As Asian Games host, Indonesia has more at stake than sport
JAKARTA, Indonesia — Indonesia is deploying 100,000 police and soldiers to provide security for the Asian Games, the biggest event ever held in its terror attack prone capital Jakarta, parts of which have been dramatically spruced up as the city readies to welcome tens of thousands of athletes and visitors.
The 18th Asian Games, which run until September 2, are being held in Jakarta, Palembang on the island of Sumatra, and in West Java. About 12,000 athletes, support staff and officials and 5,000 journalists are expected.
It’s the second time Indonesia has hosted the games. The first in 1962 was under the country’s founding president Sukarno, who wanted to showcase Indonesia and himself as a leader of nations who’d thrown off colonial Western rule. This time, Indonesia, projected to be among the world’s 10 biggest economies by 2030, wants to shift perceptions that it’s in the “too hard” basket and pave the way for an eventual tilt at even bigger sports hosting baubles.
All venues are finished and tested with only beautification work being carried out just days before Saturday’s opening ceremony, said organizing committee member and sports ministry secretary Gatot S. Dewa Broto, who pronounced the facilities “extremely wonderful.”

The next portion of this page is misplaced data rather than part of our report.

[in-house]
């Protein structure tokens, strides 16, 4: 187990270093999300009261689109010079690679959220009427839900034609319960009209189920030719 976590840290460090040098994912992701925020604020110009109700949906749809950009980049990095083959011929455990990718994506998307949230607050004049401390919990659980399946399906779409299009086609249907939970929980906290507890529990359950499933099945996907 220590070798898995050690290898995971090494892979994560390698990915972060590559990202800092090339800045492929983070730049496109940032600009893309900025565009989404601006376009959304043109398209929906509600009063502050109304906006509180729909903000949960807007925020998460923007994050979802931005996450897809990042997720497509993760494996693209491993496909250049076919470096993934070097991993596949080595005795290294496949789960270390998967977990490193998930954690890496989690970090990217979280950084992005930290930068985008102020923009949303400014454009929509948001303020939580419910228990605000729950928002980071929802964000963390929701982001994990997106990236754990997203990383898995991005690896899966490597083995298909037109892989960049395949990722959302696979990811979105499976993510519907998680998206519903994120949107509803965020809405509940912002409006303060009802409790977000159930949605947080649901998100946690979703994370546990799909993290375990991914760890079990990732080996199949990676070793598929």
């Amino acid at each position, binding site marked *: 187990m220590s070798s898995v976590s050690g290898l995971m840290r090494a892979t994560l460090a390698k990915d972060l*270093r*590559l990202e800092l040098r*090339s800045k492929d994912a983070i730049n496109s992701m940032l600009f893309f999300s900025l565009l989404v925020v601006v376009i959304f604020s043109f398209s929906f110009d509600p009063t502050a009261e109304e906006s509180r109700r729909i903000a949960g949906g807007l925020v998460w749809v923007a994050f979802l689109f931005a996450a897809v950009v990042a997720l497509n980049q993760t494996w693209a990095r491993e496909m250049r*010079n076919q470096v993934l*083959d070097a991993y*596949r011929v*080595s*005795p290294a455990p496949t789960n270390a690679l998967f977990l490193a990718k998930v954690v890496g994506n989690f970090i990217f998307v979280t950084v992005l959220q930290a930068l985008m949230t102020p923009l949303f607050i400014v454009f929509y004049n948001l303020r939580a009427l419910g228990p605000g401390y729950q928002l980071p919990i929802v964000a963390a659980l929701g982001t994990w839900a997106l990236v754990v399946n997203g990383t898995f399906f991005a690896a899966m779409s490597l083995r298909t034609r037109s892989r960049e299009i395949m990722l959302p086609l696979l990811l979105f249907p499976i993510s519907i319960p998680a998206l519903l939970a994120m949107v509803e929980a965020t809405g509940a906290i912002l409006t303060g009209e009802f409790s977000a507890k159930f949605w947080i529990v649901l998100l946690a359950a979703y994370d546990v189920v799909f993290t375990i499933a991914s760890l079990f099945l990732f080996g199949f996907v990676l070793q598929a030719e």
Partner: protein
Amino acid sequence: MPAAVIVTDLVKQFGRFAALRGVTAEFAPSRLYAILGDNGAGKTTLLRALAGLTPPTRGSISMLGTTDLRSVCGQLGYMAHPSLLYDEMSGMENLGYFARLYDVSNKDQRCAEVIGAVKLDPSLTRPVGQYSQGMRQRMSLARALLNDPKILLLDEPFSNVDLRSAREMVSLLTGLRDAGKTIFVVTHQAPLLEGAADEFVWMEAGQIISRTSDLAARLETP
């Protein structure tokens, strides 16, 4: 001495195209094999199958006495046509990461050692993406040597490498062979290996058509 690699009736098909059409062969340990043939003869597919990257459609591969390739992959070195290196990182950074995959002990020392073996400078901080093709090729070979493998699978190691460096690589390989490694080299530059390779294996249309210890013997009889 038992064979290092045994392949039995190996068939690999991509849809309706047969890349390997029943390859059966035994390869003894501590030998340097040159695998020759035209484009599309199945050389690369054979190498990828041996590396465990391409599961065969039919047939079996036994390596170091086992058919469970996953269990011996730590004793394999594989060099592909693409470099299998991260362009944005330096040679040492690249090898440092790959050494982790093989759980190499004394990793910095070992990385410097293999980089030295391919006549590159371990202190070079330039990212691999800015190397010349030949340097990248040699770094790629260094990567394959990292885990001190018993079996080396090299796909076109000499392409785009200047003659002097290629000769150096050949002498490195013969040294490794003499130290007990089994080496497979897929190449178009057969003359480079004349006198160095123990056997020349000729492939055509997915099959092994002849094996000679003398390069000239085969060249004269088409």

An opening ceremony involving 5,000 performers is planned with a mythological theme, flying people and, indispensably in a country of dozens of active volcanoes, a mountain that erupts, albeit a “very small eruption,” Dewa Broto said.
The official website says the games will be “inaugurated through a colossal ceremony as a way to show the world that Indonesia is a big nation that is capable of hosting an international event.”
The games are being held at what is domestically a trying time for Indonesia. An earthquake on the island of Lombok last week killed more than 430 people and the country is beginning what’s expected to be eight months of presidential election campaigning that trades on religious and ethnic divides. Any significant problems or successes at the Asian Games will reflect on the incumbent president Joko “Jokowi” Widodo.
And despite a massive counter-terrorism crackdown since the 2002 Bali bombings, the past several years have seen increased activity by militants who’ve been reinvigorated by the extremism of the Islamic State group.
Local militants have carried out unsophisticated but still deadly attacks across Indonesia, including in Jakarta. Their ideological leader was sentenced to death in June and police have arrested more than 280 suspected militants and killed 21 following suicide bombings in the second-largest city Surabaya in May in which radicalized families used their young children as weapons.
The dispersion of venues is a particular challenge for security, requiring a huge number of personnel to manage everything from traffic to VIP security and terror threats, said Indonesia’s deputy national police chief, Muhammad Syafruddin.